Benjamin Jowett

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Logic is neither a science nor an art, but a dodge.

Benjamin Jowett (15 April 18171 October 1893) was a theologian and classical scholar who became one of the great public figures of Victorian England. He was Regius Professor of Greek at Oxford from 1855, Master of Balliol College, Oxford from 1870, and Vice-Chancellor of the university from 1882.


Doubt comes in at the window, when Inquiry is denied at the door.
  • Research! Research! A mere excuse for idleness; it has never achieved, and will never achieve any results of the slightest value.
  • We have sought truth, and sometimes perhaps found it. But have we had any fun?
    • As quoted in Notebooks (1984) by Geoffrey Madan, p. 61
  • Learn just enough of the subject [metaphysics] to enable your mind to get rid of it.
    • As quoted in Notebooks (1984) by Geoffrey Madan, p. 61

On the Interpretation of Scripture (1860)[edit]

First published in the miscellany Essays and Reviews (1860)
  • Doubt comes in at the window, when Inquiry is denied at the door.
  • [The office of the interpreter] is to read Scripture like any other book.


The Letters of Benjamin Jowett (1899) edited by Evelyn Abbott and Lewis Campbell
  • Nowhere probably is there more true feeling, and nowhere worse taste, than in a churchyard (p. 244).
  • I hope our young men will not grow into such dodgers as these old men are. I believe everything that a young man says to me (p. 250).
  • One man is as good as another until he has written a book.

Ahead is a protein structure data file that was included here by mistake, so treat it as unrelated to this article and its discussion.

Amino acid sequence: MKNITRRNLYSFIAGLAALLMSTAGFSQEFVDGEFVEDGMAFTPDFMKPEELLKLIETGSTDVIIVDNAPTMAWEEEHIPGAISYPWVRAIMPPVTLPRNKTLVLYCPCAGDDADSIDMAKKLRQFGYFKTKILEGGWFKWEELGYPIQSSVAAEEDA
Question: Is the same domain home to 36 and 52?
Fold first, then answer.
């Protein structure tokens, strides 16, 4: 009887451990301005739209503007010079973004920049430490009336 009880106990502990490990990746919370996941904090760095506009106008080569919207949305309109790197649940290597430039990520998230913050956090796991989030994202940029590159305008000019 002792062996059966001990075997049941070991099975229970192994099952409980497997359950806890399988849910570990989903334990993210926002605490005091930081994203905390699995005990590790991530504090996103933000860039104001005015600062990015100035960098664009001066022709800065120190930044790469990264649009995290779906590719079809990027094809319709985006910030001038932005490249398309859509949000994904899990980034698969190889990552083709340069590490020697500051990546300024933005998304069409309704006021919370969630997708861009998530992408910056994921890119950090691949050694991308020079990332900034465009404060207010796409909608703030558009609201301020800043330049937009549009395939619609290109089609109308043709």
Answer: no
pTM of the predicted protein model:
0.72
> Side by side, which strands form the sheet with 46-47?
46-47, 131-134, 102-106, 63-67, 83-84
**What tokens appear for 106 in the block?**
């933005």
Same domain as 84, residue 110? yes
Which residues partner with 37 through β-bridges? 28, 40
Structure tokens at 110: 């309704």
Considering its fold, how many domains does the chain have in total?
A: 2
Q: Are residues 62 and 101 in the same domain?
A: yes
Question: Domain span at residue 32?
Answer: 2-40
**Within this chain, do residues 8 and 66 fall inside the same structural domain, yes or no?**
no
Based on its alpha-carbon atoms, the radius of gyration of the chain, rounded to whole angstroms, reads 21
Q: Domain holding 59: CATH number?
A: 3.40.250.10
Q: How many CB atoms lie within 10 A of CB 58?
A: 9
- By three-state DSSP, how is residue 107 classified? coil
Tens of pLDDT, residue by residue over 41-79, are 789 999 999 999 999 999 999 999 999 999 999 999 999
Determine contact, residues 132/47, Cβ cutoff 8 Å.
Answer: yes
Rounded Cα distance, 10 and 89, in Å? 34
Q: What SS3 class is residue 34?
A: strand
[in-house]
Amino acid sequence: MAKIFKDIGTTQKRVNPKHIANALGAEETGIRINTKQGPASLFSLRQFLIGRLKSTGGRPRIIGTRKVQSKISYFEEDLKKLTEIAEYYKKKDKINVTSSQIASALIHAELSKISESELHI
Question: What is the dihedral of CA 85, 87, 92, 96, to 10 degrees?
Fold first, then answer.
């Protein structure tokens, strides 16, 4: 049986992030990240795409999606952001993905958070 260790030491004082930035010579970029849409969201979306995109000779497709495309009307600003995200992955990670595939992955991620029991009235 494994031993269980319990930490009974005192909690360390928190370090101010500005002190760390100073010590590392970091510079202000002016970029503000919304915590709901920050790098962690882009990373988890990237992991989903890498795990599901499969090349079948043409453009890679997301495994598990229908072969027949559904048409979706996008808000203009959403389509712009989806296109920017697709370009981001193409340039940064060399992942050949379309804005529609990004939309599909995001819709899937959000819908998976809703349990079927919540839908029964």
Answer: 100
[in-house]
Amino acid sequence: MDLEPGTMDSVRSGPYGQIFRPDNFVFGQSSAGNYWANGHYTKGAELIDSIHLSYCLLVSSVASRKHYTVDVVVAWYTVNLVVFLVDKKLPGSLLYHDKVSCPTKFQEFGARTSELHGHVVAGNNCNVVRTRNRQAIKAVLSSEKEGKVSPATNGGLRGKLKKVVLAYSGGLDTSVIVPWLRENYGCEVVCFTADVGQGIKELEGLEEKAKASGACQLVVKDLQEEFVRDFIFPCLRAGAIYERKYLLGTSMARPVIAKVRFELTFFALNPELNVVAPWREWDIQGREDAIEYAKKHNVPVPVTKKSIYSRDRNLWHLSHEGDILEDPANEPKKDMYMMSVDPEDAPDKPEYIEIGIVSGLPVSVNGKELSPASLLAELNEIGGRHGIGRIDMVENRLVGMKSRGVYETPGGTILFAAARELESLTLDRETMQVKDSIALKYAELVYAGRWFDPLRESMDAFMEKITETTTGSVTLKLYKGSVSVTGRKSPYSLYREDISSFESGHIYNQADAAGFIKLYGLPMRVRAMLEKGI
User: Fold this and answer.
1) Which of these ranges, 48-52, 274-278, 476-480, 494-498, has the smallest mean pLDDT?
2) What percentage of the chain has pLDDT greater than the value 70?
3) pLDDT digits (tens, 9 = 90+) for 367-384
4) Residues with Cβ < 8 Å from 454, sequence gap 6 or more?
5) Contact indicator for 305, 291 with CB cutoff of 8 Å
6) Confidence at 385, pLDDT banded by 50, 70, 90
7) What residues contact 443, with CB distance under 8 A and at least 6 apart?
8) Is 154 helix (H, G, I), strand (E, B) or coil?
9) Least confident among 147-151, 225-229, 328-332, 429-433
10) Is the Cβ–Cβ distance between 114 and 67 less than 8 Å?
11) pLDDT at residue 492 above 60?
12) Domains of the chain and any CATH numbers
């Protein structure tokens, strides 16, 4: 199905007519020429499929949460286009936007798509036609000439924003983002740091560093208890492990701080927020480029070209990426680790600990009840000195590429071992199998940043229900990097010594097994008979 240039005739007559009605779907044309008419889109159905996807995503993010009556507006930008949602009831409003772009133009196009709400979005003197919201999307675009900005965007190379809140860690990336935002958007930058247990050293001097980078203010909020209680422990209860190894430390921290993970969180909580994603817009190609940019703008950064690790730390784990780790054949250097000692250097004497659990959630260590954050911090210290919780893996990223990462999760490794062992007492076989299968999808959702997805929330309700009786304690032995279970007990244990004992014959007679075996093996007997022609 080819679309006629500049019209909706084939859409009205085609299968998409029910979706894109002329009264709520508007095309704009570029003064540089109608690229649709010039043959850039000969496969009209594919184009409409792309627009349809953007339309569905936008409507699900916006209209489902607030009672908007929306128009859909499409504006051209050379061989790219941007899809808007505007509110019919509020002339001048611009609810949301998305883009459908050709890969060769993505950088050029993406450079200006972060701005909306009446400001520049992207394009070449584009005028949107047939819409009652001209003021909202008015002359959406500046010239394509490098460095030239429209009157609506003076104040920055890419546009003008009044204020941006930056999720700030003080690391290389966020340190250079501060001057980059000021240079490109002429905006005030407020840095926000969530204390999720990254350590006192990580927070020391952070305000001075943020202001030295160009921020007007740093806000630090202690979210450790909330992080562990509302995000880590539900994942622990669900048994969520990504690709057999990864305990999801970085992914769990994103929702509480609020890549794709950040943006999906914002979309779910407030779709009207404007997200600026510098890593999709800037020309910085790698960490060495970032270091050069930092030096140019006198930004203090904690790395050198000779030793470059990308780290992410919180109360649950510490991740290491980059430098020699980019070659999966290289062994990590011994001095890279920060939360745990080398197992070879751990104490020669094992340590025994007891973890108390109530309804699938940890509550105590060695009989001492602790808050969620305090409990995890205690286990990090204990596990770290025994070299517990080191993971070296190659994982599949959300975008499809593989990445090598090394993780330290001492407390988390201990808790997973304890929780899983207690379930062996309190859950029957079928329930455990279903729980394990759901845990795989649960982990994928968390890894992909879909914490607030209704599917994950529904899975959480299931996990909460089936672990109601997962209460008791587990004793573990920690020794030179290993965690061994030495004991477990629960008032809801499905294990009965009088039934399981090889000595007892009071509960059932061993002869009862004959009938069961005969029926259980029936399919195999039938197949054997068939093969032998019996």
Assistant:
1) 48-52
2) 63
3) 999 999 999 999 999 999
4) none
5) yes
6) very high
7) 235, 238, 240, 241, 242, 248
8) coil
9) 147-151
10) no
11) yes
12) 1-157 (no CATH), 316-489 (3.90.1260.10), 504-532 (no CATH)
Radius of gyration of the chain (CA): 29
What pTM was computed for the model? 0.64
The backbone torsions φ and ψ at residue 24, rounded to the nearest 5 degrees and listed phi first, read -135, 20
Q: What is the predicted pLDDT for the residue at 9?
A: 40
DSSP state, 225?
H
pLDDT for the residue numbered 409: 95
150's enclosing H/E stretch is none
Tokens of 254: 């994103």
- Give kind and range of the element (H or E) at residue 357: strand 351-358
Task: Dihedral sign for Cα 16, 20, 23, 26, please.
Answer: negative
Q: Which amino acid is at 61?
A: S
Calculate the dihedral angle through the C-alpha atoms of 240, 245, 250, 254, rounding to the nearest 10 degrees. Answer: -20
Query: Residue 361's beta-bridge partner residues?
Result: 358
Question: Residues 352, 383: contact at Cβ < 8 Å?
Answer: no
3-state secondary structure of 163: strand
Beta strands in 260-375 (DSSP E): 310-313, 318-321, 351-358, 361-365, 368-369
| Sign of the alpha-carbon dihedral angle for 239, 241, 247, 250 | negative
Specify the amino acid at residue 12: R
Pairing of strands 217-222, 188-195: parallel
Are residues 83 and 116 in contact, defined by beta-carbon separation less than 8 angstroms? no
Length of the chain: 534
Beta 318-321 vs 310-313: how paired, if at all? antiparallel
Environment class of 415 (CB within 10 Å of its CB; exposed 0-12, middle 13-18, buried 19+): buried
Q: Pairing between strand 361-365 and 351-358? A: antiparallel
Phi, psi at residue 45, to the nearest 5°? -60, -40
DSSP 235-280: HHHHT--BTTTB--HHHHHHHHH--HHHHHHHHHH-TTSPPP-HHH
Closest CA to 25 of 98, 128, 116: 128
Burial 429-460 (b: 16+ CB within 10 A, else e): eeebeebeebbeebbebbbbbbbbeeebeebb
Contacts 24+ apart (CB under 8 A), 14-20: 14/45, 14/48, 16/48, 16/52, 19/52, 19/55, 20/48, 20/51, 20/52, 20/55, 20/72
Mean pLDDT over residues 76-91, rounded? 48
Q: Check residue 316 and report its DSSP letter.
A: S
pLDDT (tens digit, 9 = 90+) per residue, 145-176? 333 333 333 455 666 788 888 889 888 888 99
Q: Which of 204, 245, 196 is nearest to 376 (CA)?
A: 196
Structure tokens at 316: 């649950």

• Logic is neither a science nor an art, but a dodge.


  • We cannot seek or attain health, wealth, learning, justice or kindness in general. Action is always specific, concrete, individualized, unique.
    • Actually from one of John Dewey's lectures, reprinted in his Reconstruction in Philosophy (2004), p. 96

Quotes about Jowett[edit]

  • Jowett, in his day, did probably more than any other single man to let some fresh air into the exhausted atmosphere of the [Oxford] common rooms, and to widen the intellectual horizons of the place.
  • First come I. My name is J–W–TT.
    There's no knowledge but I know it.
    I am the Master of this College,
    What I don't know isn't knowledge.
  • The [Oxford tourist] guide would begin: "This, ladies and gentlemen, is Balliol College, one of the very holdest in the huniversity, and famous for the herudition of its scholars. The 'ead of Balliol College is called the Master. The present Master of Balliol is the celebrated Professor Benjamin Jowett, Regius Professor of Greek. Those are Professor Jowett's study-windows, and there" (here the ruffian would stoop down, take up a handful of gravel and throw it against the panes, bringing poor Jowett, livid with fury, to the window) "ladies and gentlemen, is Professor Benjamin Jowett himself."
    • W S Walsh A Handy-book of Literary Curiosities (1893) pp. 640-1.

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